Analysis: NASA Culture Still Broken?
Saturday, July 28, 2007; 9:29 PM
CAPE CANAVERAL, Fla. -- At NASA, once again, the problem is its culture _ a habit of dismissing the concerns of knowledgeable underlings.
Four years ago, it involved higher-ups ignoring engineers who feared possible catastrophic damage to the shuttle Columbia. The engineers were right.
This time, it's NASA doctors and even astronauts getting the brushoff when voicing worries that some astronauts have drunk too much alcohol before flying.
"I think things have changed, but some things remain the same," said Douglas Osheroff, a Nobel Prize-winning physicist who investigated the Columbia disaster in 2003.
An independent health panel disclosed Friday that, at least twice, astronauts were cleared to fly despite warnings from flight surgeons and other astronauts about their heavy drinking. One intoxicated astronaut flew into orbit on a Russian spacecraft; the other ended up with a shuttle launch delay for mechanical reasons but later tried to take off in a training jet while still under the influence.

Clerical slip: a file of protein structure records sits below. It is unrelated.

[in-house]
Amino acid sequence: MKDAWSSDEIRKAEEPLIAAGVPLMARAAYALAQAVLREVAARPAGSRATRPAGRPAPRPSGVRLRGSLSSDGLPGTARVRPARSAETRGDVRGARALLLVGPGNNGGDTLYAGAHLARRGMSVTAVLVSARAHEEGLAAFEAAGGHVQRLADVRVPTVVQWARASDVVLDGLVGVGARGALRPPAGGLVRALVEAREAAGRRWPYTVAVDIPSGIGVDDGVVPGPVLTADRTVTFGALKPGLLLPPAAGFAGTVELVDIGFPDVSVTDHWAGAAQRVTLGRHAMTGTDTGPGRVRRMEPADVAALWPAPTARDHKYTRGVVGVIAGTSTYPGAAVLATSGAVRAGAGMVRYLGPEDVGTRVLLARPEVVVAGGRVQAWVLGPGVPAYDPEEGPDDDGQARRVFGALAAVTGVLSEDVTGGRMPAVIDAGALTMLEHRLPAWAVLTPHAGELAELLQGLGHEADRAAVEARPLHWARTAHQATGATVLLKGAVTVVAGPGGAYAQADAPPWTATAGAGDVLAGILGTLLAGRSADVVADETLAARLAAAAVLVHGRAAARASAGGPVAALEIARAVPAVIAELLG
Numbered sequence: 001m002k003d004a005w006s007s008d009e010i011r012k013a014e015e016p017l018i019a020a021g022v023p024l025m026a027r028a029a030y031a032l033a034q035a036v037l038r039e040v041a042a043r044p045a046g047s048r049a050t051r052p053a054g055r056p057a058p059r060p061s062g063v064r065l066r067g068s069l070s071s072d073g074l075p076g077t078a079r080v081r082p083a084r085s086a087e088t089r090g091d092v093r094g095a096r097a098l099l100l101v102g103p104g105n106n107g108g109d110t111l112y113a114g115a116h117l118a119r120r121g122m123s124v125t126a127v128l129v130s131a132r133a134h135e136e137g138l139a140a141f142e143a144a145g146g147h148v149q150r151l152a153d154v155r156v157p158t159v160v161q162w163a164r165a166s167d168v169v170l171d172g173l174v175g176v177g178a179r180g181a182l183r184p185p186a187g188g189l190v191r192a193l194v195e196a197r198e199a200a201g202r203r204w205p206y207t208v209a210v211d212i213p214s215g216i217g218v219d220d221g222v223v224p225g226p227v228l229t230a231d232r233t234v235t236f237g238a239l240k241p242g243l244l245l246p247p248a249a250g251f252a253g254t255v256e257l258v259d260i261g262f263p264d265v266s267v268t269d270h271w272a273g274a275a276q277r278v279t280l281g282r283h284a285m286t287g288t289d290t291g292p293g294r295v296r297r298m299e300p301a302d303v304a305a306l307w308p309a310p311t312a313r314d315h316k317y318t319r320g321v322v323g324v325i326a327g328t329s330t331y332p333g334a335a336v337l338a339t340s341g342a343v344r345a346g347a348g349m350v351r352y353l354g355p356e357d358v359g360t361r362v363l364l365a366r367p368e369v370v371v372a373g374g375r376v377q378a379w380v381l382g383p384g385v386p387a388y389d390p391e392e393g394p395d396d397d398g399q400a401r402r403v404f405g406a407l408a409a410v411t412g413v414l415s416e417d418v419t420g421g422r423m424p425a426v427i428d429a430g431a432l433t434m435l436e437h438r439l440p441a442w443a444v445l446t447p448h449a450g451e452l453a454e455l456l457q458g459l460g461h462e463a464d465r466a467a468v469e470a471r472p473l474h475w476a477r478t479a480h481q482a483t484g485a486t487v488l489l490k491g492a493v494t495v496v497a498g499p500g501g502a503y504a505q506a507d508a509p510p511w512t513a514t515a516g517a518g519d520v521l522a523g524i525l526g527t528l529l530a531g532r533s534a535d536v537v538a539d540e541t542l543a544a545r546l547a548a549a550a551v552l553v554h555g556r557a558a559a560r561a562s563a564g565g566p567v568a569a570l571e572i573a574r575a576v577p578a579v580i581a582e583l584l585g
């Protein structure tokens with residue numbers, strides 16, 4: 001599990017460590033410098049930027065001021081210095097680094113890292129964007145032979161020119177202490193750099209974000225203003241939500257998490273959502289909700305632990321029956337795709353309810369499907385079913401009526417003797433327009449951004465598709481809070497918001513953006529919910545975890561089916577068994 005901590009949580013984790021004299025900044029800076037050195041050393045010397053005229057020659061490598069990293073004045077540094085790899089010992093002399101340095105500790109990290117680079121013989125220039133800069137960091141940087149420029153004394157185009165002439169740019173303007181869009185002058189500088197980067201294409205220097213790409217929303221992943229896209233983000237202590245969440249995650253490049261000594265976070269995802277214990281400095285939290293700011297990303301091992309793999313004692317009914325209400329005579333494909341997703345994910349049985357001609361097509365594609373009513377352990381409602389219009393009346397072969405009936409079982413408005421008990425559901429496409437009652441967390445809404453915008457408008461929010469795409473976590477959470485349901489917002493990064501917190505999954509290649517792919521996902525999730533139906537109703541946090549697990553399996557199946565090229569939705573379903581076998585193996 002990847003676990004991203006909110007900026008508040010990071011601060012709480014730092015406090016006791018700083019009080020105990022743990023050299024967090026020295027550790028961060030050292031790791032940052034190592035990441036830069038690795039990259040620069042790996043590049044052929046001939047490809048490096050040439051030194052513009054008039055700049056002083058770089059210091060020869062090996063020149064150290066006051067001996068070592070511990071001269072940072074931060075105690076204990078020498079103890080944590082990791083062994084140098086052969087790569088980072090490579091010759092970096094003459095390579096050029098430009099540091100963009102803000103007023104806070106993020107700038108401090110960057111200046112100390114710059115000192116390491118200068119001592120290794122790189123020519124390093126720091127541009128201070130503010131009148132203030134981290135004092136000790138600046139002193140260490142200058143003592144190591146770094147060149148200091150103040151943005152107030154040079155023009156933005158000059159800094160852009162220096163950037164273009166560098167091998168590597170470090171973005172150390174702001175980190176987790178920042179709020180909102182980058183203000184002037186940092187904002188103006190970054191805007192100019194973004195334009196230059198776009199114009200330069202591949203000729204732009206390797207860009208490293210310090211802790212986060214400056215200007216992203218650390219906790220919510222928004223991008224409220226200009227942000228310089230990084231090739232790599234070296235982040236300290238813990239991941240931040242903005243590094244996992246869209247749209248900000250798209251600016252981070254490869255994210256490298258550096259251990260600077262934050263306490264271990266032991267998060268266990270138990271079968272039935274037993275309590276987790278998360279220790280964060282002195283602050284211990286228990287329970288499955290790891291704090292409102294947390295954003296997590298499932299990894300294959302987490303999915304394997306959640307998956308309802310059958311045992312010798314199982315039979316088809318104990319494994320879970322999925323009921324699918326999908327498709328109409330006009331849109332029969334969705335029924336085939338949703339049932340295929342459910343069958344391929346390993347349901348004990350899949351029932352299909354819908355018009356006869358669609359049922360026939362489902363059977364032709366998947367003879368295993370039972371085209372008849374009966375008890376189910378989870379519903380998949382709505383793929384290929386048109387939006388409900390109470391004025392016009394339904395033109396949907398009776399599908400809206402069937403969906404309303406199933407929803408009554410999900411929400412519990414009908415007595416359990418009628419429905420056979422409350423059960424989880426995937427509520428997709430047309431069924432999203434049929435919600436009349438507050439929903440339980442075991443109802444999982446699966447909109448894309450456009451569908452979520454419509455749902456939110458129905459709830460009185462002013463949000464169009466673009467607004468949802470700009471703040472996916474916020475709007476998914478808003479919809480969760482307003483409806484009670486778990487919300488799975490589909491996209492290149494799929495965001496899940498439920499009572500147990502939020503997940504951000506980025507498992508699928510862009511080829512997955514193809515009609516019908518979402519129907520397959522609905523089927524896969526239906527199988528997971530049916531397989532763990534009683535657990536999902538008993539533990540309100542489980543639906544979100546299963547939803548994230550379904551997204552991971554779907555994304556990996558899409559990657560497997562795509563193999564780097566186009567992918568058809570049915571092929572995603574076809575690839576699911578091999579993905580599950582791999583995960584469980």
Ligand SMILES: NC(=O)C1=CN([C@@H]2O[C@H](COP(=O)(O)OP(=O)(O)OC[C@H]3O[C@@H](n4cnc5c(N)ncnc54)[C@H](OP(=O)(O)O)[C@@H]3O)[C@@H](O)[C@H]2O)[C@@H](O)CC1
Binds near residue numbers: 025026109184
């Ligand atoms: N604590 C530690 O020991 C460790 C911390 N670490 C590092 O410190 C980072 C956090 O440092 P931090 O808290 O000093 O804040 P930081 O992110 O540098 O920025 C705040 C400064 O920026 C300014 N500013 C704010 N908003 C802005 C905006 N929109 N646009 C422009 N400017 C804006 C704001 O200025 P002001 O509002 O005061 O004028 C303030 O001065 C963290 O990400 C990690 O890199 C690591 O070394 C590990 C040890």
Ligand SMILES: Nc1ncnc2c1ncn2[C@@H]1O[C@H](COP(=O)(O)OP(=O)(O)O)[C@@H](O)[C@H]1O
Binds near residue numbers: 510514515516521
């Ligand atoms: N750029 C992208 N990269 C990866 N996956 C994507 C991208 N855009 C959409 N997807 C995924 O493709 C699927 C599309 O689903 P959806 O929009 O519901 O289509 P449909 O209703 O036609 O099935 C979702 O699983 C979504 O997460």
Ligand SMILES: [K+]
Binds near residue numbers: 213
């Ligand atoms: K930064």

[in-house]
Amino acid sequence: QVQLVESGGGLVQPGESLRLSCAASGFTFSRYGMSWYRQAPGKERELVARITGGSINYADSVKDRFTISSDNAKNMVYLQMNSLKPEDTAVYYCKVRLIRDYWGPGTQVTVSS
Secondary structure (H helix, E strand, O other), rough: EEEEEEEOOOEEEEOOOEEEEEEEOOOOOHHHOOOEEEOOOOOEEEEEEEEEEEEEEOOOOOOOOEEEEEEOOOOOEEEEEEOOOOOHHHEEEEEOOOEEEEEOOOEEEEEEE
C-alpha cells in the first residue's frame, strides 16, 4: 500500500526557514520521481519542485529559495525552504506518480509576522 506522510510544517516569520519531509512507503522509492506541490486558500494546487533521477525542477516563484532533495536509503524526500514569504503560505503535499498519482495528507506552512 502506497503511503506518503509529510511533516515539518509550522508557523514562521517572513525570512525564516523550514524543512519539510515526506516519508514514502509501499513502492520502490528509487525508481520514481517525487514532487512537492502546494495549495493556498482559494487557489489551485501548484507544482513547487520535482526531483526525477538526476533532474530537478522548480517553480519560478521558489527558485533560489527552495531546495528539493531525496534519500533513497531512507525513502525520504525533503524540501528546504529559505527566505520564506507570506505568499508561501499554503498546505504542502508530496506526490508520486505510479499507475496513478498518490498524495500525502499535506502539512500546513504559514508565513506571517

In both cases, the doctors and other astronauts were ignored by higher-ranking officials. Flight surgeons feel so disregarded, in general, that they told the panel they are demoralized and less likely to report concerns of impaired performance.
All NASA's leadership wants, several senior flight surgeons told the panel, is to hear that all medical systems are "go" for space flight operations. They do not want to hear doctors' doubts about an astronauts' fitness for duty or behavioral problems, the panel was told.
That was the same perception low-level engineers had during Columbia's final flight: Their bosses only wanted to hear positive news about the fuel-tank insulating foam that broke off and turned into deadly shrapnel that punctured Columbia's wing. Seven astronauts died.
"NASA has had a history of ignoring indications that something is wrong, and even though the odds were with NASA, they have lost," Osheroff said, referring to recurring foam problems before Columbia's doomed mission.
It always seems to come down to schedule pressure, which contributed in large part to Columbia's demise, Osheroff noted.
"I think part of it is still this pressure to launch and launch on time," he said. "I don't know what it costs NASA to delay a launch. But there are two costs. One is a political cost and the other is an economic cost."
Besides tales of drunken astronauts, the health panel heard anecdotes about other risky behavior _ unspecified in the report _ that was well known to their colleagues, who were too afraid to speak up for fear of ostracism.